Rules and regulations at formal shelters have to be flexible when it comes to getting hard-core homeless people off our streets once the weather turns cold.
I’m glad that conclusion has finally been reached by the social service experts at Waterloo Region — the people who are now grappling with the potential closure of Out of the Cold shelters.
Out of the Cold currently has four sites closing their doors because of a variety of issues and the dreamboat response to those closures seems to be that this might be a positive development because it means street people will automatically go to formal emergency shelters.
But, in the past, administrative and behavioural rules have deterred homeless people with addiction or mental health issues from going to these shelters when beds are available.
Until now, there has been zero tolerance at shelters for homeless people drinking alcohol or taking drugs but, according to Sean Strickland, chairman of the region’s social-services committee, there’s a good chance such rules could be relaxed.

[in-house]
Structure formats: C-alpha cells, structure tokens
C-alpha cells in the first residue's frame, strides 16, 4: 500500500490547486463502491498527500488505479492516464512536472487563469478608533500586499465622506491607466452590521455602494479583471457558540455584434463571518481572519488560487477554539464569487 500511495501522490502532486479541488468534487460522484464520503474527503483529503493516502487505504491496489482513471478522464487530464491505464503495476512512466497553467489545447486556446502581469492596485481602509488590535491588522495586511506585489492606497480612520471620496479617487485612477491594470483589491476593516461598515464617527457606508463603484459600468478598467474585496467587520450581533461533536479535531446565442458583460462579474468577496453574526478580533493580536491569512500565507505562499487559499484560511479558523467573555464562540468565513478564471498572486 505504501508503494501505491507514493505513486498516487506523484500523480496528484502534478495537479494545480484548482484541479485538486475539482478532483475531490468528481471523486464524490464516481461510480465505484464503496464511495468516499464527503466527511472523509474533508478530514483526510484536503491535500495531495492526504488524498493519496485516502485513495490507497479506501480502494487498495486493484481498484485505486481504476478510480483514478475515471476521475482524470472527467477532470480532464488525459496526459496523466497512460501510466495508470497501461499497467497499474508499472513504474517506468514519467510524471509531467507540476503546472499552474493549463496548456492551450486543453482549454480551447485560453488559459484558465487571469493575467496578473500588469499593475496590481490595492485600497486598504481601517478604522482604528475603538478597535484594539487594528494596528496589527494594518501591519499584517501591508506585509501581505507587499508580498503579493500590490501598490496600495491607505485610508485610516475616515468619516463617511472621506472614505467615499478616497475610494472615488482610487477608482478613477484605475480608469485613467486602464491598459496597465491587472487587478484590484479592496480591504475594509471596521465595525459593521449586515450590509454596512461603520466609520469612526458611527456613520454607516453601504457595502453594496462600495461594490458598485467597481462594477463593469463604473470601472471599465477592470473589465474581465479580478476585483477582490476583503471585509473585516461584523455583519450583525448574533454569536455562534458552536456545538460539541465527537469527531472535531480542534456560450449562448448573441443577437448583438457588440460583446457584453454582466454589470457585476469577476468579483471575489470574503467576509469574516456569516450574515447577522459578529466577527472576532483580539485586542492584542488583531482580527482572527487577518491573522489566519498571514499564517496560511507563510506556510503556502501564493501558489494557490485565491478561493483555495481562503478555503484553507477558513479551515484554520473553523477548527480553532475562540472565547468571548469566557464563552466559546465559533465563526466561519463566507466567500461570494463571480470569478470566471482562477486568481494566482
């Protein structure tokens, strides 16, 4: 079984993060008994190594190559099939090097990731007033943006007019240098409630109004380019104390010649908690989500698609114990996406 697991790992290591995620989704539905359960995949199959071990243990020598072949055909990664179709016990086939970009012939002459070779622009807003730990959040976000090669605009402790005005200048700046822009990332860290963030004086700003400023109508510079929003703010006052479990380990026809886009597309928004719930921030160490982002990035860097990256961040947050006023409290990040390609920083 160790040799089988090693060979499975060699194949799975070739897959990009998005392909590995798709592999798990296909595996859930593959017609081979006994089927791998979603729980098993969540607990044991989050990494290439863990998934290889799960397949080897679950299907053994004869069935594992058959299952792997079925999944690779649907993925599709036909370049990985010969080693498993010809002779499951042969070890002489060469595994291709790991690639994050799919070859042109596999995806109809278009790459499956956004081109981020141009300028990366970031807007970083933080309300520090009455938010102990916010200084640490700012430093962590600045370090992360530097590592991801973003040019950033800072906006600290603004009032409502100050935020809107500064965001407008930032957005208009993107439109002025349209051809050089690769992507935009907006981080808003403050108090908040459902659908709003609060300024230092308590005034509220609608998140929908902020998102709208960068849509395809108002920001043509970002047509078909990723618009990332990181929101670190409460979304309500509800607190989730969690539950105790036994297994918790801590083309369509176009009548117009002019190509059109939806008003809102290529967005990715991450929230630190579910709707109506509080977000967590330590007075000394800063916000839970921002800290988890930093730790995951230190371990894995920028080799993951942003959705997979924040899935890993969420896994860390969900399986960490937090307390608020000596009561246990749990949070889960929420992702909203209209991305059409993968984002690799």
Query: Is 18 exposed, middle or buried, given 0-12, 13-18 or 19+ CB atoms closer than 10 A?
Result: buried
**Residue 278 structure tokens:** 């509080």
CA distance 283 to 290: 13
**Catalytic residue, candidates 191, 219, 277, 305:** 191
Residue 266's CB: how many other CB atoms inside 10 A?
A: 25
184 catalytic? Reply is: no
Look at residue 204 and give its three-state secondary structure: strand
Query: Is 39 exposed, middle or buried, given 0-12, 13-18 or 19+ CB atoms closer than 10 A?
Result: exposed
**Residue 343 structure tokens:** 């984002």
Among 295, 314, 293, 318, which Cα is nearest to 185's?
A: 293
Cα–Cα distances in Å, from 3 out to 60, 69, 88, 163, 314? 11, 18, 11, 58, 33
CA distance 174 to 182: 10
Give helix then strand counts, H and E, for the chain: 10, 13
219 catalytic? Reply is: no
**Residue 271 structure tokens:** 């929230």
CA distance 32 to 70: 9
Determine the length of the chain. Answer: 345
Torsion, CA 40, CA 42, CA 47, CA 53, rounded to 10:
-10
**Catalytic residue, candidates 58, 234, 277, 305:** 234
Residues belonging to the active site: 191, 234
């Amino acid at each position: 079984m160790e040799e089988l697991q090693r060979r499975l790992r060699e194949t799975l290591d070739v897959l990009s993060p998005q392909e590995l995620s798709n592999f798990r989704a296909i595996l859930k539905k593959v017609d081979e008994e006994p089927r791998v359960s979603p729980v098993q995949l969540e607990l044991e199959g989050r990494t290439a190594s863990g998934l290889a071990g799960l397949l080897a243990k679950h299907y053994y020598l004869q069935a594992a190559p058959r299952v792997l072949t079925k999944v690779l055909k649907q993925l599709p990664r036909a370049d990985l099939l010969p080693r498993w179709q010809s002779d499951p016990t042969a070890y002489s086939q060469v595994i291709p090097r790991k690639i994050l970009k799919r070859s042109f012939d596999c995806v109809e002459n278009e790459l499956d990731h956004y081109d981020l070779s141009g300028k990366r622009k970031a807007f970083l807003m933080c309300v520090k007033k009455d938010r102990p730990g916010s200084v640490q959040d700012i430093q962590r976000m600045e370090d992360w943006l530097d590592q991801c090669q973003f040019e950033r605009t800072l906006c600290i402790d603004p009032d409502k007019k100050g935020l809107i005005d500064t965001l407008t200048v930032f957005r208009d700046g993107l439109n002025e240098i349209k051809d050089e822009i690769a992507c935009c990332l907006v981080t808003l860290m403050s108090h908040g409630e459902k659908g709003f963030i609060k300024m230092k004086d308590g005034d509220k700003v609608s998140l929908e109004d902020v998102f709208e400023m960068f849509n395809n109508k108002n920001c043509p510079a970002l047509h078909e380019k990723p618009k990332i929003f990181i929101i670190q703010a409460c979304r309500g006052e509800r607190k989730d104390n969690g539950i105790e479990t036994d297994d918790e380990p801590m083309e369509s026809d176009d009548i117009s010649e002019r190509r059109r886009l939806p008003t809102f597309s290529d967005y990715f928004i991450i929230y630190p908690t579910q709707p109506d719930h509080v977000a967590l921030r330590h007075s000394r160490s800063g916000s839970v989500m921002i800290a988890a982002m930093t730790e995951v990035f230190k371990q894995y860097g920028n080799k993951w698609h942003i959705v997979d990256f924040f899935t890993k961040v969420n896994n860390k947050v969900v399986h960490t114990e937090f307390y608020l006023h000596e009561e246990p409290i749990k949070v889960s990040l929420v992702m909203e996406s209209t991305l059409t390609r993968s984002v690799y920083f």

Strickland shares my concern about making certain the hard-core homeless who reject formal shelters have somewhere acceptable to sleep when the winter arrives.
He also has the political courage to say that, in order to help those suffering from addictions, we might have to establish a “wet” shelter. Toronto already has such a facility where, under carefully controlled circumstances, addicts are given one or two drinks to help them accept shelter and get through the night.
I’m glad to say such a program would be linked to a variety of support services and efforts to provide transitional housing.